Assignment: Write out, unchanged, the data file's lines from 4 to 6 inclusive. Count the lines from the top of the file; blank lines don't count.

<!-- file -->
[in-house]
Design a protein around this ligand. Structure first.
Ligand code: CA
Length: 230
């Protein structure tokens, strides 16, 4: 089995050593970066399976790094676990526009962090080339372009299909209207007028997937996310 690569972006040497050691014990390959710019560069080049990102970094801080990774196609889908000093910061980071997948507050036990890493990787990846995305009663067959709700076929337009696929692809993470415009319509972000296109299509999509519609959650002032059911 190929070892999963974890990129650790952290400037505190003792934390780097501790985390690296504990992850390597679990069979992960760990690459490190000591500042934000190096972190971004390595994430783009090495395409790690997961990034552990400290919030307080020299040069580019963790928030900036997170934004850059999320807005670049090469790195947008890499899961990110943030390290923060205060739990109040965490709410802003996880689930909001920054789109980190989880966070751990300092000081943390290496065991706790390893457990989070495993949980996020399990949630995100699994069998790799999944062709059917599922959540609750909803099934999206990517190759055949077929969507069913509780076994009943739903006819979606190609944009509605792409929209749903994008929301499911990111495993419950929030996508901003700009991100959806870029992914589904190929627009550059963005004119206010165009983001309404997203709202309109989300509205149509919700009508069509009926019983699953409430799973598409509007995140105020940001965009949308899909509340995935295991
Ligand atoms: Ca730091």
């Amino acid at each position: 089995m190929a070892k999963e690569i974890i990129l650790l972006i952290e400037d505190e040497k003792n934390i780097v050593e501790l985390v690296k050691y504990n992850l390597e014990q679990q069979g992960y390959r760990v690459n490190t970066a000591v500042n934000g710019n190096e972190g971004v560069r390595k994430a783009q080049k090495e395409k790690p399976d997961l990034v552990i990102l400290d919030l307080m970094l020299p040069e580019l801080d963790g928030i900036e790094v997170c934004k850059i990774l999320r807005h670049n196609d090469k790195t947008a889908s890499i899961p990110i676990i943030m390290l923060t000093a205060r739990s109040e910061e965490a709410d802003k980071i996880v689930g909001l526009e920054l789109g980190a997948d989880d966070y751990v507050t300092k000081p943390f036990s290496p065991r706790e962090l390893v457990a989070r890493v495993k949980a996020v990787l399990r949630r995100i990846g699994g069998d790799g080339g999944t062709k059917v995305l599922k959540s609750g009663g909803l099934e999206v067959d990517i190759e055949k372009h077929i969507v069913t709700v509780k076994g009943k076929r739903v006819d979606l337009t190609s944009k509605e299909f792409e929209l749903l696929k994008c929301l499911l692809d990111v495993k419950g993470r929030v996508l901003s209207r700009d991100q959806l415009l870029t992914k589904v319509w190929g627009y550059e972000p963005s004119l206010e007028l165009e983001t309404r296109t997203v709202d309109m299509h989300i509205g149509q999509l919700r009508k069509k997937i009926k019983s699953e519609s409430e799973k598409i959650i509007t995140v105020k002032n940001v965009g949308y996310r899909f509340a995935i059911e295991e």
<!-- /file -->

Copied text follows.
Length: 230
């Protein structure tokens, strides 16, 4: 089995050593970066399976790094676990526009962090080339372009299909209207007028997937996310 690569972006040497050691014990390959710019560069080049990102970094801080990774196609889908000093910061980071997948507050036990890493990787990846995305009663067959709700076929337009696929692809993470415009319509972000296109299509999509519609959650002032059911 190929070892999963974890990129650790952290400037505190003792934390780097501790985390690296504990992850390597679990069979992960760990690459490190000591500042934000190096972190971004390595994430783009090495395409790690997961990034552990400290919030307080020299040069580019963790928030900036997170934004850059999320807005670049090469790195947008890499899961990110943030390290923060205060739990109040965490709410802003996880689930909001920054789109980190989880966070751990300092000081943390290496065991706790390893457990989070495993949980996020399990949630995100699994069998790799999944062709059917599922959540609750909803099934999206990517190759055949077929969507069913509780076994009943739903006819979606190609944009509605792409929209749903994008929301499911990111495993419950929030996508901003700009991100959806870029992914589904190929627009550059963005004119206010165009983001309404997203709202309109989300509205149509919700009508069509009926019983699953409430799973598409509007995140105020940001965009949308899909509340995935295991
Ligand atoms: Ca730091």